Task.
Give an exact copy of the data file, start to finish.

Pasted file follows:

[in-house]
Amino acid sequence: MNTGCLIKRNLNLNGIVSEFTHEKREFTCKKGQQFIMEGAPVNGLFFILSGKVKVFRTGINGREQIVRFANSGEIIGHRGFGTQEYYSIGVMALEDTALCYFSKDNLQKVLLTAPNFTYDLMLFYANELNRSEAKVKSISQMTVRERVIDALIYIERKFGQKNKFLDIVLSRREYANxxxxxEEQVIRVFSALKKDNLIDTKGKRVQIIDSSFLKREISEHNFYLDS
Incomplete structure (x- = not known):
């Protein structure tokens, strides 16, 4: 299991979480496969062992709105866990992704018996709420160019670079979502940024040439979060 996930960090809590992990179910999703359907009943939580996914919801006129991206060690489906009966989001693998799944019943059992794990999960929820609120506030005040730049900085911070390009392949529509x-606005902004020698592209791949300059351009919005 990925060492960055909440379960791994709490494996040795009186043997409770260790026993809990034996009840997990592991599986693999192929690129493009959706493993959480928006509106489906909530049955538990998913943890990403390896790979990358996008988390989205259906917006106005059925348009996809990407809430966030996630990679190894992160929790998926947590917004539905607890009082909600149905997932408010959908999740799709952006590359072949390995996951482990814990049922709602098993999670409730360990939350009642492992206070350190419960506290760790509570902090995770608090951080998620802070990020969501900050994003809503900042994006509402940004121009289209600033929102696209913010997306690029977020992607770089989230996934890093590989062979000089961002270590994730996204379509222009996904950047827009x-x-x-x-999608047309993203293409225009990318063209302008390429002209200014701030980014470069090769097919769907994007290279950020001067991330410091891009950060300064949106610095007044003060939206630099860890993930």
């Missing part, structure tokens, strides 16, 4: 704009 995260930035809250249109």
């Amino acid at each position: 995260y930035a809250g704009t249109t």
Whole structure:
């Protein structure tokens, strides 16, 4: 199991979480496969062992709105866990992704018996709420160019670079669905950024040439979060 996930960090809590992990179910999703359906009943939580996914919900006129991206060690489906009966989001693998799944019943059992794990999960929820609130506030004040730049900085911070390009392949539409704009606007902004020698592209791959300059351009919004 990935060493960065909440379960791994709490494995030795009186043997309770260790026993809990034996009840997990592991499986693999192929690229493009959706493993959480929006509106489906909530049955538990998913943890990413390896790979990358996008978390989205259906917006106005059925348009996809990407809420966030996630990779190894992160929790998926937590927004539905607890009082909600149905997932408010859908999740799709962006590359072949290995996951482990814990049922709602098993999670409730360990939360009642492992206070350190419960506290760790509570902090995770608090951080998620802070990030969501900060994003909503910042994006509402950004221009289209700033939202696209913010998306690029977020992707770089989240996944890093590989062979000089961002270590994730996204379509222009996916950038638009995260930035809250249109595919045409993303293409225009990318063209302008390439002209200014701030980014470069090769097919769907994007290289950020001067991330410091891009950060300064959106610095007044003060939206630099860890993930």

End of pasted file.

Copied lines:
[in-house]
Amino acid sequence: MNTGCLIKRNLNLNGIVSEFTHEKREFTCKKGQQFIMEGAPVNGLFFILSGKVKVFRTGINGREQIVRFANSGEIIGHRGFGTQEYYSIGVMALEDTALCYFSKDNLQKVLLTAPNFTYDLMLFYANELNRSEAKVKSISQMTVRERVIDALIYIERKFGQKNKFLDIVLSRREYANxxxxxEEQVIRVFSALKKDNLIDTKGKRVQIIDSSFLKREISEHNFYLDS
Incomplete structure (x- = not known):
């Protein structure tokens, strides 16, 4: 299991979480496969062992709105866990992704018996709420160019670079979502940024040439979060 996930960090809590992990179910999703359907009943939580996914919801006129991206060690489906009966989001693998799944019943059992794990999960929820609120506030005040730049900085911070390009392949529509x-606005902004020698592209791949300059351009919005 990925060492960055909440379960791994709490494996040795009186043997409770260790026993809990034996009840997990592991599986693999192929690129493009959706493993959480928006509106489906909530049955538990998913943890990403390896790979990358996008988390989205259906917006106005059925348009996809990407809430966030996630990679190894992160929790998926947590917004539905607890009082909600149905997932408010959908999740799709952006590359072949390995996951482990814990049922709602098993999670409730360990939350009642492992206070350190419960506290760790509570902090995770608090951080998620802070990020969501900050994003809503900042994006509402940004121009289209600033929102696209913010997306690029977020992607770089989230996934890093590989062979000089961002270590994730996204379509222009996904950047827009x-x-x-x-999608047309993203293409225009990318063209302008390429002209200014701030980014470069090769097919769907994007290279950020001067991330410091891009950060300064949106610095007044003060939206630099860890993930």
């Missing part, structure tokens, strides 16, 4: 704009 995260930035809250249109």
């Amino acid at each position: 995260y930035a809250g704009t249109t």
Whole structure:
């Protein structure tokens, strides 16, 4: 199991979480496969062992709105866990992704018996709420160019670079669905950024040439979060 996930960090809590992990179910999703359906009943939580996914919900006129991206060690489906009966989001693998799944019943059992794990999960929820609130506030004040730049900085911070390009392949539409704009606007902004020698592209791959300059351009919004 990935060493960065909440379960791994709490494995030795009186043997309770260790026993809990034996009840997990592991499986693999192929690229493009959706493993959480929006509106489906909530049955538990998913943890990413390896790979990358996008978390989205259906917006106005059925348009996809990407809420966030996630990779190894992160929790998926937590927004539905607890009082909600149905997932408010859908999740799709962006590359072949290995996951482990814990049922709602098993999670409730360990939360009642492992206070350190419960506290760790509570902090995770608090951080998620802070990030969501900060994003909503910042994006509402950004221009289209700033939202696209913010998306690029977020992707770089989240996944890093590989062979000089961002270590994730996204379509222009996916950038638009995260930035809250249109595919045409993303293409225009990318063209302008390439002209200014701030980014470069090769097919769907994007290289950020001067991330410091891009950060300064959106610095007044003060939206630099860890993930």